UK BBQ Mag Winter 2016/2017 - Page 61

to work on?

SE: That’s really great to hear. It was a ton of fun! The book designer, Anita Mangan, is as bonkers as us and loved searching through the thousands of photos from our road trip to bring the book to life. Our publishers, Quadrille, have been amazingly supportive to us. They loved the authenticity of what we do. We firmly believed that we had to try as much BBQ in the States as possible if we were ever going to do a decent job of it ourselves and have loads of fun along the way. Quadrille were very excited to help us to tell our story.

Are you working up any new ideas or recipes for the smokehouse?

SG: All the time. Everyday something is tinkered with, created, improved. Sam and her team of chefs treat the kitchen like food lab and are always trying to innovate. We make everything ourselves and do our own butchery. From grinding our own burgers daily, to sausage making, curing and pickling meats and vegetables. It’s really important that we control every step of the process as it allows us more scope to adjust various elements to improve our cooking.

SE: We’ve been playing around with Gaucho and Asado style cooking over the summer, inspired by Francis Mallmann of course. We’d love to do more of that next year. Patagonia in South America is a place dear to all Welsh people. We have a cultural connection there as any Welsh settlers moved there in the mid-1800s and theres still 5000 people that speak Welsh in the Chebut province today - so the place is calling to us to visit!

How are you finding all the equipment you installed at the smokehouse to cook on? any plans for upgrades or improvements?

SE: We’re pretty happy with what we have for now. We mainly cook on FEC120s and our own smoker that we built ourselves, BB King. He’s can sometimes be found out the back of the restaurant taking care of smaller smokes such as chicken and sausage and he’s what we use when experiment with new cuts of meat, vegetables and rubs. We see FECs as solid, reliable machines that only use woodsmoke, which is important to us. As with all smokers, you have to learn how to use them. We picked up some great tips from FEC users in the States that turn these from ‘press button and leave’ smokers to actually producing barbecue that tastes like it’s been smoked in a 50yr old cinder block pit. When we do our street food and festivals, we take BB King with us plus a whole host of ProQ Elites, which we love to cook on.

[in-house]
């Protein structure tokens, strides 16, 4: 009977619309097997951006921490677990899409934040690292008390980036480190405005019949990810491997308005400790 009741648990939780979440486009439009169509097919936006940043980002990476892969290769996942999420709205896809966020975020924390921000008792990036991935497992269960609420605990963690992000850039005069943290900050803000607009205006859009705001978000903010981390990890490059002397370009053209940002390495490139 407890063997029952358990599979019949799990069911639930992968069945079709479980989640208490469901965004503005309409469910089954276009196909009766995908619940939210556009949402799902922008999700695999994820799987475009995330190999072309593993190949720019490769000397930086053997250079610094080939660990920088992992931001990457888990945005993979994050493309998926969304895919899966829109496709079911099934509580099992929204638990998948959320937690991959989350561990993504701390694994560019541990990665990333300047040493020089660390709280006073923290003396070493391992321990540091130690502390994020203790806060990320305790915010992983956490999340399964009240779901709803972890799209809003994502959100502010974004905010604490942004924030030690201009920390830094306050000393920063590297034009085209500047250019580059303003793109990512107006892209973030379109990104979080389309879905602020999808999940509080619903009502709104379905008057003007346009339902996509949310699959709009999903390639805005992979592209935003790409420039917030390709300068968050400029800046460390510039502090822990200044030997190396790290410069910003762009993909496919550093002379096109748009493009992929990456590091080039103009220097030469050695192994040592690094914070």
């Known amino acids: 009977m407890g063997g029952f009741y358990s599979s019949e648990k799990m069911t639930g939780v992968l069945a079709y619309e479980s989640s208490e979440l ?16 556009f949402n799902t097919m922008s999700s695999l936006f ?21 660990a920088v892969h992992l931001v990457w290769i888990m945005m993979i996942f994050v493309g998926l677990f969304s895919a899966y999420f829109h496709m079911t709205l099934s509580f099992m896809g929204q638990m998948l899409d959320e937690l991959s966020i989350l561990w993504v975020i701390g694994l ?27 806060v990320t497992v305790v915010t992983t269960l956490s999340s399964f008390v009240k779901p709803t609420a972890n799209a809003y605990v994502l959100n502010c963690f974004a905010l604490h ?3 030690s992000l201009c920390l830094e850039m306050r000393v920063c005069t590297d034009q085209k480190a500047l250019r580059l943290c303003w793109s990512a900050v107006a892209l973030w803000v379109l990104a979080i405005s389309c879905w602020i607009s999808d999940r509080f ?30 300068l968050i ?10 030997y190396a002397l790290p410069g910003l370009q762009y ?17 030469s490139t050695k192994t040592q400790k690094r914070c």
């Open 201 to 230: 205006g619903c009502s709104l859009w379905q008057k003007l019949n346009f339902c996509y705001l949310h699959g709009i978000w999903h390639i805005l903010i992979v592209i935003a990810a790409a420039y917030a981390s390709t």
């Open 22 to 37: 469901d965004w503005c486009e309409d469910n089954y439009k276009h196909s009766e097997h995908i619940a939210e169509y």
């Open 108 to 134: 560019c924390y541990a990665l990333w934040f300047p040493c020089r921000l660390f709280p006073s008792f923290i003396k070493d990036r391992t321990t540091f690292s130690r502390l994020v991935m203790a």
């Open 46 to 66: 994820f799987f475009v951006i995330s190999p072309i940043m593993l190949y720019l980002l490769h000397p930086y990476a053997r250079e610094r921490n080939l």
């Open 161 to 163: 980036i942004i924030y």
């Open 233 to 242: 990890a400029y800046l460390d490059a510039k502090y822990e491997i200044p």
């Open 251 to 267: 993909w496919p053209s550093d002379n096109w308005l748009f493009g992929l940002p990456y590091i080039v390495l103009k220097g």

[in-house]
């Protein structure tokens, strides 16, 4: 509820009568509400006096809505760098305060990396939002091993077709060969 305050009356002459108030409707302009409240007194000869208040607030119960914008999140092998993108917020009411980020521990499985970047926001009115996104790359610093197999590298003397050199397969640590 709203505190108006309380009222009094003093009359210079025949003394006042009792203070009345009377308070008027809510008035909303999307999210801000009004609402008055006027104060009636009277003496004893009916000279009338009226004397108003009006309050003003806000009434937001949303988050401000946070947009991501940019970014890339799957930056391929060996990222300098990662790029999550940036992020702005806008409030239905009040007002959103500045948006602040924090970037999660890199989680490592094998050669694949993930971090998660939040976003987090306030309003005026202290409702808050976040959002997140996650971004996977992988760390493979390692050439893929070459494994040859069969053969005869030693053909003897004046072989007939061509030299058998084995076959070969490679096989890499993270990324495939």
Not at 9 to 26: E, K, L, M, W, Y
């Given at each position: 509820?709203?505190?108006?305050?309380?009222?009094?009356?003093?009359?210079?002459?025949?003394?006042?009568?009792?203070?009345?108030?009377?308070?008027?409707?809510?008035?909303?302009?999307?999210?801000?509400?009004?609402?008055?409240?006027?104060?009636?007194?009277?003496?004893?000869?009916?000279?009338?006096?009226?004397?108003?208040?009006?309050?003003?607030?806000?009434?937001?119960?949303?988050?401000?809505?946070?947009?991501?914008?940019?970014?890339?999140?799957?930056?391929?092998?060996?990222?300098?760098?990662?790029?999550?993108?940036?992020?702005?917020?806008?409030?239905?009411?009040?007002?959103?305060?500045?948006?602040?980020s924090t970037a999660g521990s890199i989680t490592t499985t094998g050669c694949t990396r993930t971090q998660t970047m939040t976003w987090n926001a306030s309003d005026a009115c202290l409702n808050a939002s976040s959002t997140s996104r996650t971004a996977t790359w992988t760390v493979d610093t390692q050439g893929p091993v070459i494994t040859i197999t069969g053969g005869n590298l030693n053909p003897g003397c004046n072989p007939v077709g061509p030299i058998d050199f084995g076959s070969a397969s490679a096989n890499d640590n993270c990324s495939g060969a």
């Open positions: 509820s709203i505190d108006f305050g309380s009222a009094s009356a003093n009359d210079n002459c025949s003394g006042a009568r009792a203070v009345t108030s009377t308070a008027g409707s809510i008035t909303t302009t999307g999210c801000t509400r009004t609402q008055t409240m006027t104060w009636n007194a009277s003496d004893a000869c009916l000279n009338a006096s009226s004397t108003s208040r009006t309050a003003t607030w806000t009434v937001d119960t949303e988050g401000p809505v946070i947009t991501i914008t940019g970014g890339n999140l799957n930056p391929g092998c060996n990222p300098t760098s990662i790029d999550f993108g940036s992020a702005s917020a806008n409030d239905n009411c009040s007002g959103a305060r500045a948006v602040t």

SG: Lemmy, our custom built Parilla Grill is proving a big hit too (We call him Lemmy as he’s 940kg of heavy metal!). The taste of our steaks and burgers off that grill is incredible and we love cooking with live fires.

So with all this cooking commercially, do you still find time to cook BBQ at home? and if so what do you like to eat?

SE: Cooking at home usually involves adding hot water to something dehydrated at 1am! We’re workaholics so are rarely home these days except to sleep. It’s fun for us to do all our experimentation in our restaurant with the team. It’s great having people to bounce ideas off. As we mentioned earlier, we’re inquisitive people, so we’re always questioning what we do and look to improve our cooking through learning together.

What next for Hang Fire?

SE: We’ve been fortunate enough to meet so many great chefs and cooks since starting this little business. Next year we’re going looking to take the restaurant back to our roots and holding more ‘pop-ups’ and kitchen takeovers there. We’re going to be working with some big names in both the restaurant and barbecue world to develop some unique cooking styles and flavours - all fused together with a smokey twist of course.

SG: Also, ‘more restaurants’ are always a discussion on the table. I’m not sure we’d want to ever create versions of the Southern Kitchen, so we’d look at creating something different but with Hang Fire DNA. We have a ton of ideas up our sleeve, nailing down one is always our problem! We’re also looking forward to plenty of festival appearances next year. Our lively outdoor cooking demo’s went down a storm this summer, and have been invited back to do more next year. Sam and I will also hopefully find time plan our Patagonian adventure to immerse ourselves in some Welsh-Gaucho cooking and connect with her ancestors in South America.